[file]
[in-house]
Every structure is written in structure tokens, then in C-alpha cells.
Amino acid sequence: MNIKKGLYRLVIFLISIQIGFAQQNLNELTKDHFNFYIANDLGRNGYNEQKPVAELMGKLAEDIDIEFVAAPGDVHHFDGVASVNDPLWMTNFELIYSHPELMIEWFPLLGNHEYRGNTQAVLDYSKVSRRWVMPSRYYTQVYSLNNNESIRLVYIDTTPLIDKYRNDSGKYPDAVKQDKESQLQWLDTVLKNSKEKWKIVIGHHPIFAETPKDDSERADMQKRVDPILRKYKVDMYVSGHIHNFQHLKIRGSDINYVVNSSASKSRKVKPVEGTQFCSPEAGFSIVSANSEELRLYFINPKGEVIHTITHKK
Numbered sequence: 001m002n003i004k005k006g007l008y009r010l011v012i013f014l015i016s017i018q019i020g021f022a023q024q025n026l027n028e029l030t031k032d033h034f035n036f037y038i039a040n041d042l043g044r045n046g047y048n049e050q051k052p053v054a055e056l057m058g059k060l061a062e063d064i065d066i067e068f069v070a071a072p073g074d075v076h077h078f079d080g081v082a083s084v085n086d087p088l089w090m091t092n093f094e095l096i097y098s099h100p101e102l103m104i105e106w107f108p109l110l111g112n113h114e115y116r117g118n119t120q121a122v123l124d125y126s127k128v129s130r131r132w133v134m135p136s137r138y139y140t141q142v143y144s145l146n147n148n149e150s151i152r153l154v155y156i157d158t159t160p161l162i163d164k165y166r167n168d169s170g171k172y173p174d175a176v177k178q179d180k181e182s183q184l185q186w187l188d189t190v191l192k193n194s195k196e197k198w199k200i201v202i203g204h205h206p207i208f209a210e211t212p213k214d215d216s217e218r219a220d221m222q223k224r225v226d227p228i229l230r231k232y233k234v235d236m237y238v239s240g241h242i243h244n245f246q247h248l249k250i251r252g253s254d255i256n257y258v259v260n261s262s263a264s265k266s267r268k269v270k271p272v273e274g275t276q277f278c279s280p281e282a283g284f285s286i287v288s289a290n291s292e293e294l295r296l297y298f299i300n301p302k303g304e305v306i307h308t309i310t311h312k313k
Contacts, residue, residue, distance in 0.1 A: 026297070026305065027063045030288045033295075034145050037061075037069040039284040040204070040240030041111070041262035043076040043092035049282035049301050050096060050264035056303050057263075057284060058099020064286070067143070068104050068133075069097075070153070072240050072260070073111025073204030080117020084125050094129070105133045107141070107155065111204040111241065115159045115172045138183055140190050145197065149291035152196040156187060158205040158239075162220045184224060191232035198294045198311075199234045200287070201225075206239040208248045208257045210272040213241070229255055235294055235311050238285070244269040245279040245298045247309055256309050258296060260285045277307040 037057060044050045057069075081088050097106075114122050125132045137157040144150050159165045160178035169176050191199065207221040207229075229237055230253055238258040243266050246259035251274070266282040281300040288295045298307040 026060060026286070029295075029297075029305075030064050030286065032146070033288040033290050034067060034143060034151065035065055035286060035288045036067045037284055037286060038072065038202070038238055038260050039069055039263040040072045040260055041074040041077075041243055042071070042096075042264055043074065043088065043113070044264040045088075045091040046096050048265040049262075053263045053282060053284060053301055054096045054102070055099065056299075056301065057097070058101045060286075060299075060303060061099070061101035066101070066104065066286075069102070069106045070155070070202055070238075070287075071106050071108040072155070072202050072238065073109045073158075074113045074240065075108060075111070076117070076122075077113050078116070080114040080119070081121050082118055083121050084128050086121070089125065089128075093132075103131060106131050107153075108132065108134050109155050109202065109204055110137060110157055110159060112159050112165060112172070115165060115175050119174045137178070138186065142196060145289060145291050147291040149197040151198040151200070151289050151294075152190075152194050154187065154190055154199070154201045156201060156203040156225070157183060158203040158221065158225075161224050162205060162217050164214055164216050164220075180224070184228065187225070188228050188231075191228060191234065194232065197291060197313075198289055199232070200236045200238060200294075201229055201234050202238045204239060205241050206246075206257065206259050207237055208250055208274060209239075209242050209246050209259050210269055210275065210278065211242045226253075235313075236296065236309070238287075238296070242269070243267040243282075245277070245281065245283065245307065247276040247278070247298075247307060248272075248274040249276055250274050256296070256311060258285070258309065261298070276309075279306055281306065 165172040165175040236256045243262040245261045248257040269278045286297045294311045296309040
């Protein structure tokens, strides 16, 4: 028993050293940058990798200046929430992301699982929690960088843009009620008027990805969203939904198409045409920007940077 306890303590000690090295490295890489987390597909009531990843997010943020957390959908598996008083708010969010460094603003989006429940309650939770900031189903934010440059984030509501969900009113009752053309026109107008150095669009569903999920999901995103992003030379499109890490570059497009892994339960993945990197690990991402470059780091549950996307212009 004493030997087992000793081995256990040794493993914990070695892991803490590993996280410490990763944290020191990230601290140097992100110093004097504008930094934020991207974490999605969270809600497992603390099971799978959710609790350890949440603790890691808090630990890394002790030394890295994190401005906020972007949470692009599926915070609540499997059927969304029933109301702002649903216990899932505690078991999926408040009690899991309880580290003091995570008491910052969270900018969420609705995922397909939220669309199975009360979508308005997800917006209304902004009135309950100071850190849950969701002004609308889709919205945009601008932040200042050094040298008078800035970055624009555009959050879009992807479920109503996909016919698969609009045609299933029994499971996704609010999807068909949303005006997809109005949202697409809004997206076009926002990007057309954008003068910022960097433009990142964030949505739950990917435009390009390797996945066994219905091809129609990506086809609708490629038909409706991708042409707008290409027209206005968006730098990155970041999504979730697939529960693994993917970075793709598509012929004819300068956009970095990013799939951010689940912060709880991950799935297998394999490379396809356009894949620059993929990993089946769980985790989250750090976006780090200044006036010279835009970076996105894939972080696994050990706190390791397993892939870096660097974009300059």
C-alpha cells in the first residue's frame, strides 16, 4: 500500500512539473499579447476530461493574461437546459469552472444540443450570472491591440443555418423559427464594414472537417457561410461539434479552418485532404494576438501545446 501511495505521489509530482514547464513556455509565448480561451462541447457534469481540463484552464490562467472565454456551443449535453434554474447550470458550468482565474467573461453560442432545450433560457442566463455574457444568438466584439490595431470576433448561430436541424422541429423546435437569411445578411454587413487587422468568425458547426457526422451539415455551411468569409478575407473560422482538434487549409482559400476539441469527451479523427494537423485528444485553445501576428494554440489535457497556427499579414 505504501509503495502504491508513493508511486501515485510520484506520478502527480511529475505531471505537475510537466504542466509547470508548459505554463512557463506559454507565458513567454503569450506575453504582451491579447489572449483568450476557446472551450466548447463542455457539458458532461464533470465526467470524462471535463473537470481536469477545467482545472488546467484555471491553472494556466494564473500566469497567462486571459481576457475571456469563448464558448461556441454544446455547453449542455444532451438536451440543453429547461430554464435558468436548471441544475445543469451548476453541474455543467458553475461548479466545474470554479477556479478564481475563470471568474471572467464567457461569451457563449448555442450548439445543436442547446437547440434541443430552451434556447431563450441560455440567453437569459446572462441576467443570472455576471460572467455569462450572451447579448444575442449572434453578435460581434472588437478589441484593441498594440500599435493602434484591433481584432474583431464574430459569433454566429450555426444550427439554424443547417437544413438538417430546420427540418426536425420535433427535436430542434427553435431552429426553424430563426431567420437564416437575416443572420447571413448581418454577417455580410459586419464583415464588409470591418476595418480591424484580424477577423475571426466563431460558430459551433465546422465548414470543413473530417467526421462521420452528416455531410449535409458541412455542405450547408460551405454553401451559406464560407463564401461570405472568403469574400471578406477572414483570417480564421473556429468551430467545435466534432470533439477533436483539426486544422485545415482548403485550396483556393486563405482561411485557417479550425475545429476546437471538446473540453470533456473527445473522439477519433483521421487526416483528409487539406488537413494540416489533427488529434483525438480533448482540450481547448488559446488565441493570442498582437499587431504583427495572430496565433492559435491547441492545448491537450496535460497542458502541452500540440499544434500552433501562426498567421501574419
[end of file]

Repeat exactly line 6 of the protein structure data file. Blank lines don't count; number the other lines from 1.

């Protein structure tokens, strides 16, 4: 028993050293940058990798200046929430992301699982929690960088843009009620008027990805969203939904198409045409920007940077 306890303590000690090295490295890489987390597909009531990843997010943020957390959908598996008083708010969010460094603003989006429940309650939770900031189903934010440059984030509501969900009113009752053309026109107008150095669009569903999920999901995103992003030379499109890490570059497009892994339960993945990197690990991402470059780091549950996307212009 004493030997087992000793081995256990040794493993914990070695892991803490590993996280410490990763944290020191990230601290140097992100110093004097504008930094934020991207974490999605969270809600497992603390099971799978959710609790350890949440603790890691808090630990890394002790030394890295994190401005906020972007949470692009599926915070609540499997059927969304029933109301702002649903216990899932505690078991999926408040009690899991309880580290003091995570008491910052969270900018969420609705995922397909939220669309199975009360979508308005997800917006209304902004009135309950100071850190849950969701002004609308889709919205945009601008932040200042050094040298008078800035970055624009555009959050879009992807479920109503996909016919698969609009045609299933029994499971996704609010999807068909949303005006997809109005949202697409809004997206076009926002990007057309954008003068910022960097433009990142964030949505739950990917435009390009390797996945066994219905091809129609990506086809609708490629038909409706991708042409707008290409027209206005968006730098990155970041999504979730697939529960693994993917970075793709598509012929004819300068956009970095990013799939951010689940912060709880991950799935297998394999490379396809356009894949620059993929990993089946769980985790989250750090976006780090200044006036010279835009970076996105894939972080696994050990706190390791397993892939870096660097974009300059």